Cape Town Tourism - Table Mountain

CEO Blog - A Responsible Pricing Reminder

Its been a better summer season for many of us compared to last year. The city is humming with visitors. The bars, restaurants, attractions and malls doing brisk trade as people from across the world (and our own country) discover destination Cape Town. Whilst many of these visitors had been planning their holiday ahead of the currency bonanza, it is clear that many travellers are choosing Cape Town because their money means much more here this season.

In our survey of members this past October – December, it is clear that room rates have averaged higher than they have in previous years. This is good news, suggesting that demand was high and that discounting was unnecessary. However, it also speaks to the need to exercise caution with our pricing.

Why you may ask? When visiting the Mining Indaba last week, I had the good fortune to overhear some of the delegates talking about the excessive price increases in accommodation and restaurants. They nodded their heads in agreement and one of the delegates used a term which no one in our industry wants to hear: “price gouging”.

I therefore want to use this opportunity, midway through our summer season, to remind readers of the “Tourism Code of Responsible Pricing”.

In February 2010, Cape Town Tourism and its affiliated associations FEDHASA, SATSA and SAACI supported and signed the Code. The Code is a commitment to ensuring that Cape Town maintains prices consistently and fairly. Following this Code is necessary to ensure that our destination averts a reputation for opportunistic pricing. The temptation to inflate prices is very real, and understandable, but it is a tough place to return from when the currency swings back.

Post our tourism boom of 2002 (which was also driven by a favourable exchange rate for visitors) Cape Town was branded as expensive and out of line. Some visitors voiced their disappointment at the prices of services and accommodation in particular. What’s more, a capricious escalation of prices can be damaging to local trade. We have worked hard over the last ten years to show that Cape Town is in fact a destination that offers excellent value, but one that does not need to discount or go to the ‘bargain basement’ to attract the visitors year after year. The recent placing of Cape Town as a top spot to visit in The Guardian, The New York Times and Lonely Planet attests to this.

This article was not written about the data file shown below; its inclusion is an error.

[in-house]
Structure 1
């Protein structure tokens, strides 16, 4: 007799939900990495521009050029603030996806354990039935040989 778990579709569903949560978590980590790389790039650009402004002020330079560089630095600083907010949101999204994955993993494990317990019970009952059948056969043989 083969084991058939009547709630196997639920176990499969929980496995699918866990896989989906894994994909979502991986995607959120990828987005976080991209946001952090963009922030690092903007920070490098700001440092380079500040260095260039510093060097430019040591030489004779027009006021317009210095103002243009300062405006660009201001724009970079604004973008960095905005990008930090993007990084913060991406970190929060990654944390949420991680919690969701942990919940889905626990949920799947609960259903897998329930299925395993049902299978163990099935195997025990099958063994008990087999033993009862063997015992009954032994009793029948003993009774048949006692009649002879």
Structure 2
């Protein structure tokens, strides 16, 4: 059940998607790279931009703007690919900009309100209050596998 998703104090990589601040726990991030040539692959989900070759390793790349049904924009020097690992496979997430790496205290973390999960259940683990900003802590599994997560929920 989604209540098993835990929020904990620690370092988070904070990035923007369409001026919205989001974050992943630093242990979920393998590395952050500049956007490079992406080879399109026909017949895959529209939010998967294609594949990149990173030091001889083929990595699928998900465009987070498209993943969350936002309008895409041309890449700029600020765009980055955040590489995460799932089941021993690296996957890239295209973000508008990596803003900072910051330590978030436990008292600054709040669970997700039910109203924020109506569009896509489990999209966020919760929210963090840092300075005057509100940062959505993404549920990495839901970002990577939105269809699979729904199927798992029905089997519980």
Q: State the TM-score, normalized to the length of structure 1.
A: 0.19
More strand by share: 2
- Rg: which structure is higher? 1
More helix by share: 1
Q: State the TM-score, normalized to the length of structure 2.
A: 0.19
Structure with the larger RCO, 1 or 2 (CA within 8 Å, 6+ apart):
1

There is a lot of evidence to show that visitors who stay in Cape Town during favourable currency periods will spend more on the extras. Adding value to your offering is the healthiest way to ensure higher spend, as well as a return visit and positive word of mouth from your visitors.

If you are not aware of the Code, please download it here. Adopt the Code and encourage your team and others in the industry to subscribe to its 4 core values.

Finally, the few perpetrators who are “price gouging” are doing great reputational damage to our industry. If this continues, we may see events like the Mining Indaba leaving Cape Town, resulting in long term negative economic impact because of a few who wanted short term gain.

March and April are exceptional times in Cape Town. As we head into event season, be sure to follow us on Twitter and Facebook for details on all the top events and opportunities in Cape Town.

blog comments powered by Disqus